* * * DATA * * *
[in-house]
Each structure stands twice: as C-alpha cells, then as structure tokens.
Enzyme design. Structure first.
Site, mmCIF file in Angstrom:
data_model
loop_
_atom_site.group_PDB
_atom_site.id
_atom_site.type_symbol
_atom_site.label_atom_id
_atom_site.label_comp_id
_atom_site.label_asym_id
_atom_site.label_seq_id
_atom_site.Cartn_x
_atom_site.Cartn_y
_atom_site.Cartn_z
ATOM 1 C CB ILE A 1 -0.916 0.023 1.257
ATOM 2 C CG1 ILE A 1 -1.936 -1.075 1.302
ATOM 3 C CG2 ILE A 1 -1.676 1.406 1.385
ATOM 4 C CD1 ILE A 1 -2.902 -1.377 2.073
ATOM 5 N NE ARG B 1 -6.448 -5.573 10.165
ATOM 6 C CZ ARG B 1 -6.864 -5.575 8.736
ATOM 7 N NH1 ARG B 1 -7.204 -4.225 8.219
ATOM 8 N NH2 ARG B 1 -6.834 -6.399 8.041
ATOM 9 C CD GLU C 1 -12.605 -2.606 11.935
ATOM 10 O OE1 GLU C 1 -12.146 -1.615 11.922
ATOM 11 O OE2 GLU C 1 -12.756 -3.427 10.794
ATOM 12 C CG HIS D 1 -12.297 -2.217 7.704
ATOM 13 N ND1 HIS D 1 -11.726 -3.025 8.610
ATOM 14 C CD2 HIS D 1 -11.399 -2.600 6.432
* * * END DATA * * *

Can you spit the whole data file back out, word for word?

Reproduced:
[in-house]
Each structure stands twice: as C-alpha cells, then as structure tokens.
Enzyme design. Structure first.
Site, mmCIF file in Angstrom:
data_model
loop_
_atom_site.group_PDB
_atom_site.id
_atom_site.type_symbol
_atom_site.label_atom_id
_atom_site.label_comp_id
_atom_site.label_asym_id
_atom_site.label_seq_id
_atom_site.Cartn_x
_atom_site.Cartn_y
_atom_site.Cartn_z
ATOM 1 C CB ILE A 1 -0.916 0.023 1.257
ATOM 2 C CG1 ILE A 1 -1.936 -1.075 1.302
ATOM 3 C CG2 ILE A 1 -1.676 1.406 1.385
ATOM 4 C CD1 ILE A 1 -2.902 -1.377 2.073
ATOM 5 N NE ARG B 1 -6.448 -5.573 10.165
ATOM 6 C CZ ARG B 1 -6.864 -5.575 8.736
ATOM 7 N NH1 ARG B 1 -7.204 -4.225 8.219
ATOM 8 N NH2 ARG B 1 -6.834 -6.399 8.041
ATOM 9 C CD GLU C 1 -12.605 -2.606 11.935
ATOM 10 O OE1 GLU C 1 -12.146 -1.615 11.922
ATOM 11 O OE2 GLU C 1 -12.756 -3.427 10.794
ATOM 12 C CG HIS D 1 -12.297 -2.217 7.704
ATOM 13 N ND1 HIS D 1 -11.726 -3.025 8.610
ATOM 14 C CD2 HIS D 1 -11.399 -2.600 6.432